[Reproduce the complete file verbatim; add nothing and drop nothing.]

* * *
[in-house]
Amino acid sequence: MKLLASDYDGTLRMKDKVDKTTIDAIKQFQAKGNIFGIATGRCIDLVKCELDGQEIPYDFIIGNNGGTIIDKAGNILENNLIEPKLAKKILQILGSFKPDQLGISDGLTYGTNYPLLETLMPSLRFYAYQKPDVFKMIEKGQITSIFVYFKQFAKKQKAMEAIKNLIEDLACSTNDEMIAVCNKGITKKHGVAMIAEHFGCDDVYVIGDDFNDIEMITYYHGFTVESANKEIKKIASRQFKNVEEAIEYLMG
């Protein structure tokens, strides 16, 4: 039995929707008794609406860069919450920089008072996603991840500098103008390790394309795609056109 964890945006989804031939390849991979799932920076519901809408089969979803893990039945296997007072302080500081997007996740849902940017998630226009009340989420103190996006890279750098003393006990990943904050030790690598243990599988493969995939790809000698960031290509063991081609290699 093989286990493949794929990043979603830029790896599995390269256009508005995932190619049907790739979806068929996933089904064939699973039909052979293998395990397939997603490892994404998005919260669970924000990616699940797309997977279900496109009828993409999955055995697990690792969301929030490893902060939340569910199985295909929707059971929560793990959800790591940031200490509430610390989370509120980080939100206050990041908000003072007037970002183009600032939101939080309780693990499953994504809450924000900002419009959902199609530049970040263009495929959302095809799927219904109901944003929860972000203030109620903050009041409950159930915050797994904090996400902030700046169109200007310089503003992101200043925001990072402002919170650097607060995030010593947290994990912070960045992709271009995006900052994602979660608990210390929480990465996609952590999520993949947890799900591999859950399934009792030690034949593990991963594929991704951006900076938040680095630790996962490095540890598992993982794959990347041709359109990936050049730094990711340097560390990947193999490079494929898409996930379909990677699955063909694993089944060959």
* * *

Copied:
[in-house]
Amino acid sequence: MKLLASDYDGTLRMKDKVDKTTIDAIKQFQAKGNIFGIATGRCIDLVKCELDGQEIPYDFIIGNNGGTIIDKAGNILENNLIEPKLAKKILQILGSFKPDQLGISDGLTYGTNYPLLETLMPSLRFYAYQKPDVFKMIEKGQITSIFVYFKQFAKKQKAMEAIKNLIEDLACSTNDEMIAVCNKGITKKHGVAMIAEHFGCDDVYVIGDDFNDIEMITYYHGFTVESANKEIKKIASRQFKNVEEAIEYLMG
């Protein structure tokens, strides 16, 4: 039995929707008794609406860069919450920089008072996603991840500098103008390790394309795609056109 964890945006989804031939390849991979799932920076519901809408089969979803893990039945296997007072302080500081997007996740849902940017998630226009009340989420103190996006890279750098003393006990990943904050030790690598243990599988493969995939790809000698960031290509063991081609290699 093989286990493949794929990043979603830029790896599995390269256009508005995932190619049907790739979806068929996933089904064939699973039909052979293998395990397939997603490892994404998005919260669970924000990616699940797309997977279900496109009828993409999955055995697990690792969301929030490893902060939340569910199985295909929707059971929560793990959800790591940031200490509430610390989370509120980080939100206050990041908000003072007037970002183009600032939101939080309780693990499953994504809450924000900002419009959902199609530049970040263009495929959302095809799927219904109901944003929860972000203030109620903050009041409950159930915050797994904090996400902030700046169109200007310089503003992101200043925001990072402002919170650097607060995030010593947290994990912070960045992709271009995006900052994602979660608990210390929480990465996609952590999520993949947890799900591999859950399934009792030690034949593990991963594929991704951006900076938040680095630790996962490095540890598992993982794959990347041709359109990936050049730094990711340097560390990947193999490079494929898409996930379909990677699955063909694993089944060959």